Who put together the Pesach Hagadah and the seder we have today?

The Mishneh provides some order, but who put together the Hagadah?

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    See here.
    – ezra
    Apr 5, 2017 at 2:40
  • What aspects of it? Everything but yachatz and some of the exact formulations in maggid is straight halakha. Kiddish drinking washing dipping asking answering praising blessing drinking washing blessing eating blessing eating eating eating blessing drinking praising blessing drinking. That's all straight halakha.
    – Double AA
    Apr 5, 2017 at 2:55
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    @DoubleAA It sounds like he's asking about who compiled the various derashos that compile Maggid from the Mishnah and Mechilta. Whatever you mean RCW, can you edit to clarify?
    – DonielF
    Apr 5, 2017 at 4:47
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    @ezra You realize none of those people were part of the Anshei Kneses HaGedolah, right?
    – DonielF
    Apr 5, 2017 at 4:51
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    There is no single author - it grew organically and things were added and subtracted over time. Read "The Origins of the Seder" by Baruch Bokser if you want a more thorough critical examination. Apr 5, 2017 at 4:55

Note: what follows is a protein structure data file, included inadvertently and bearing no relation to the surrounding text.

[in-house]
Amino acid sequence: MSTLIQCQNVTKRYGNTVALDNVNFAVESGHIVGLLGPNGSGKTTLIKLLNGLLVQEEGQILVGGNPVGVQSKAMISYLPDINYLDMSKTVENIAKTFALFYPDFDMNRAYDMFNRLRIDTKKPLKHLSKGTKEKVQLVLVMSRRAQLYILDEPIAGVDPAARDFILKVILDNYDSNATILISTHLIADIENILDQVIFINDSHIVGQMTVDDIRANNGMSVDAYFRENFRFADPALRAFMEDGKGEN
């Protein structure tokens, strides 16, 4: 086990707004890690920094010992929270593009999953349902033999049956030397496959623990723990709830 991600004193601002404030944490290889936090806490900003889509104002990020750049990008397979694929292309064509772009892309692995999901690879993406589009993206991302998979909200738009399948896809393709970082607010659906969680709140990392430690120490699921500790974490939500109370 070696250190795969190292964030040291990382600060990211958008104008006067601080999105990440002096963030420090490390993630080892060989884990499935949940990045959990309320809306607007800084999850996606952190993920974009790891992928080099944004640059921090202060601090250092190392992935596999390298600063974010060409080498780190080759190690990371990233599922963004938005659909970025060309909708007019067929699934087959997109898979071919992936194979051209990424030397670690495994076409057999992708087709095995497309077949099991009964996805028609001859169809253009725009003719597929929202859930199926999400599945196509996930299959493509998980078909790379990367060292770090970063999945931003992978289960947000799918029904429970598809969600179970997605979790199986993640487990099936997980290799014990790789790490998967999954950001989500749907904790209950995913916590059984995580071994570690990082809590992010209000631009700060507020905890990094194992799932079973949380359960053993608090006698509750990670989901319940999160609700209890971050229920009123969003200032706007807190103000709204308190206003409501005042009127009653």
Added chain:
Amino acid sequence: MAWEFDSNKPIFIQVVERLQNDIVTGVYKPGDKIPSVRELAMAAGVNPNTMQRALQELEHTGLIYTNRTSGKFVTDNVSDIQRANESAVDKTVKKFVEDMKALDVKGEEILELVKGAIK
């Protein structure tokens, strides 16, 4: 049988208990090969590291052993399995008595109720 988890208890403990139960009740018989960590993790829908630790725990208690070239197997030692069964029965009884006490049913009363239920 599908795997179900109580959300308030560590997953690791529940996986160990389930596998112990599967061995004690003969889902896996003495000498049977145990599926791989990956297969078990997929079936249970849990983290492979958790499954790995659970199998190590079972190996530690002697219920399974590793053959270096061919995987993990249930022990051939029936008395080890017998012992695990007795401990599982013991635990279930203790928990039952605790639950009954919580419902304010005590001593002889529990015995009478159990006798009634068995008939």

2 Answers 2


Rav Menachem Mendel Kasher, says that part of it was compiled by the Anshei Knesses Hagedola. The Avudraham says that there were originally two versions one by Rav and Shmuel and one by Abaye and Rava. Rav Amram Gaon wrote some and so did Rav Saadiah Gaon. The Ma Nishtana is from a Mishna in Pesachim. Much of the Haggadah is from the Mishna, Gemara, and Midrashim.

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    If you edit in where R' Kasher and Avudraham wrote these things, how you know the mentioned g'onim wrote parts, and how you know parts are from mishnayos, g'mara, and midrashim, that'd improve your answer quality enormously.
    – msh210
    Apr 6, 2017 at 18:23

If you're talking about the Maggid section, or basically the section of the Haggadah that precedes the meal, refer to this excellent article. It's mainly in Hebrew, and it would defeat the purpose for me to translate it.

In short, much of it comes from the Mishnah, and parts of it from various Siddurim such as Rav AMram Ga'on. Rav Sa'adiah Gaon, and some others. You'll also find a list of sources supporting th econcept of the mitzvah of telling the story of the Exodus.

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